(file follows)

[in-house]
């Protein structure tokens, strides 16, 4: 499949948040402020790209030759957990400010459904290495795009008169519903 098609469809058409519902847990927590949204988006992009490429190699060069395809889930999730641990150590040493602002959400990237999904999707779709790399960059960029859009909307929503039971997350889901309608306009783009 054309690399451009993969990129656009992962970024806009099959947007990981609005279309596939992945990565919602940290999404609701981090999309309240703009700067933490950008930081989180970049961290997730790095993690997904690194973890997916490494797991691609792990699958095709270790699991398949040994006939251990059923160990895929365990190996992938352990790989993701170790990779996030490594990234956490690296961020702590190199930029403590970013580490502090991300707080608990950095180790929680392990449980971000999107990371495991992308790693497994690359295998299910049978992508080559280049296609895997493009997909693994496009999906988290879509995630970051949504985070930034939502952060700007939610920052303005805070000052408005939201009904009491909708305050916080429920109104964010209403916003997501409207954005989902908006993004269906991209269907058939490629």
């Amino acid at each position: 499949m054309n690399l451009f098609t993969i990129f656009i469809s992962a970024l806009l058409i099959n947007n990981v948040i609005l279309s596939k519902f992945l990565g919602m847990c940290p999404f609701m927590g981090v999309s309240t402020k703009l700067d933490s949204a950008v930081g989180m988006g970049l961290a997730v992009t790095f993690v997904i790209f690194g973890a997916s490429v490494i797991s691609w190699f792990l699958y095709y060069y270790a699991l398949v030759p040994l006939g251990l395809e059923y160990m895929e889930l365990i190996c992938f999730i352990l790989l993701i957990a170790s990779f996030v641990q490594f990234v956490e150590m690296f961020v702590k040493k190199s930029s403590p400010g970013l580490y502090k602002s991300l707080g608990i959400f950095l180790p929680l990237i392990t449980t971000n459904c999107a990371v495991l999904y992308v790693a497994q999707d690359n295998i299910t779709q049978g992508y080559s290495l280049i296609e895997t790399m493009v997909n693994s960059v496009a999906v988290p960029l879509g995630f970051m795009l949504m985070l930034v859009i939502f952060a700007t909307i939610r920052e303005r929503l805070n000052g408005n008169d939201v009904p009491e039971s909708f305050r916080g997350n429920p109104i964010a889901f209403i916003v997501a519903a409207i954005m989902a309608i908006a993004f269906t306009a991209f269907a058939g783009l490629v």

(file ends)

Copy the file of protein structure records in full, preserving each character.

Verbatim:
[in-house]
């Protein structure tokens, strides 16, 4: 499949948040402020790209030759957990400010459904290495795009008169519903 098609469809058409519902847990927590949204988006992009490429190699060069395809889930999730641990150590040493602002959400990237999904999707779709790399960059960029859009909307929503039971997350889901309608306009783009 054309690399451009993969990129656009992962970024806009099959947007990981609005279309596939992945990565919602940290999404609701981090999309309240703009700067933490950008930081989180970049961290997730790095993690997904690194973890997916490494797991691609792990699958095709270790699991398949040994006939251990059923160990895929365990190996992938352990790989993701170790990779996030490594990234956490690296961020702590190199930029403590970013580490502090991300707080608990950095180790929680392990449980971000999107990371495991992308790693497994690359295998299910049978992508080559280049296609895997493009997909693994496009999906988290879509995630970051949504985070930034939502952060700007939610920052303005805070000052408005939201009904009491909708305050916080429920109104964010209403916003997501409207954005989902908006993004269906991209269907058939490629």
């Amino acid at each position: 499949m054309n690399l451009f098609t993969i990129f656009i469809s992962a970024l806009l058409i099959n947007n990981v948040i609005l279309s596939k519902f992945l990565g919602m847990c940290p999404f609701m927590g981090v999309s309240t402020k703009l700067d933490s949204a950008v930081g989180m988006g970049l961290a997730v992009t790095f993690v997904i790209f690194g973890a997916s490429v490494i797991s691609w190699f792990l699958y095709y060069y270790a699991l398949v030759p040994l006939g251990l395809e059923y160990m895929e889930l365990i190996c992938f999730i352990l790989l993701i957990a170790s990779f996030v641990q490594f990234v956490e150590m690296f961020v702590k040493k190199s930029s403590p400010g970013l580490y502090k602002s991300l707080g608990i959400f950095l180790p929680l990237i392990t449980t971000n459904c999107a990371v495991l999904y992308v790693a497994q999707d690359n295998i299910t779709q049978g992508y080559s290495l280049i296609e895997t790399m493009v997909n693994s960059v496009a999906v988290p960029l879509g995630f970051m795009l949504m985070l930034v859009i939502f952060a700007t909307i939610r920052e303005r929503l805070n000052g408005n008169d939201v009904p009491e039971s909708f305050r916080g997350n429920p109104i964010a889901f209403i916003v997501a519903a409207i954005m989902a309608i908006a993004f269906t306009a991209f269907a058939g783009l490629v």